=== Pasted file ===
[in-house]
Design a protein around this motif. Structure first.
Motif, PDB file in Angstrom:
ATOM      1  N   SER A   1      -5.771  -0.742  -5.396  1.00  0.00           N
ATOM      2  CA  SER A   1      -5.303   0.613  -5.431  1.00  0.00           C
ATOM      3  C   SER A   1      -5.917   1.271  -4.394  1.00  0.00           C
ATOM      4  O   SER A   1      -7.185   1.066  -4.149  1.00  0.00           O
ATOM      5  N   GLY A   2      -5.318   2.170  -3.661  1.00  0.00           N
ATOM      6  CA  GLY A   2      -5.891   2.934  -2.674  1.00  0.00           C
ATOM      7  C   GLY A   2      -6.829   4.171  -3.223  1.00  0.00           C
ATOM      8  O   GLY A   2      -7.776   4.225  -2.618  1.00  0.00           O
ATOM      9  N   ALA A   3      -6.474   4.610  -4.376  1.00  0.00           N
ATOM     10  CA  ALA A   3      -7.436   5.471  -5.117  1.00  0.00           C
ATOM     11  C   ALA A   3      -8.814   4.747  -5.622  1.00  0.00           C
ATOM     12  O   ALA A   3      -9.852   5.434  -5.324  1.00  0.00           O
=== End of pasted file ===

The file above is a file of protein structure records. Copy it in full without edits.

[in-house]
Design a protein around this motif. Structure first.
Motif, PDB file in Angstrom:
ATOM      1  N   SER A   1      -5.771  -0.742  -5.396  1.00  0.00           N
ATOM      2  CA  SER A   1      -5.303   0.613  -5.431  1.00  0.00           C
ATOM      3  C   SER A   1      -5.917   1.271  -4.394  1.00  0.00           C
ATOM      4  O   SER A   1      -7.185   1.066  -4.149  1.00  0.00           O
ATOM      5  N   GLY A   2      -5.318   2.170  -3.661  1.00  0.00           N
ATOM      6  CA  GLY A   2      -5.891   2.934  -2.674  1.00  0.00           C
ATOM      7  C   GLY A   2      -6.829   4.171  -3.223  1.00  0.00           C
ATOM      8  O   GLY A   2      -7.776   4.225  -2.618  1.00  0.00           O
ATOM      9  N   ALA A   3      -6.474   4.610  -4.376  1.00  0.00           N
ATOM     10  CA  ALA A   3      -7.436   5.471  -5.117  1.00  0.00           C
ATOM     11  C   ALA A   3      -8.814   4.747  -5.622  1.00  0.00           C
ATOM     12  O   ALA A   3      -9.852   5.434  -5.324  1.00  0.00           O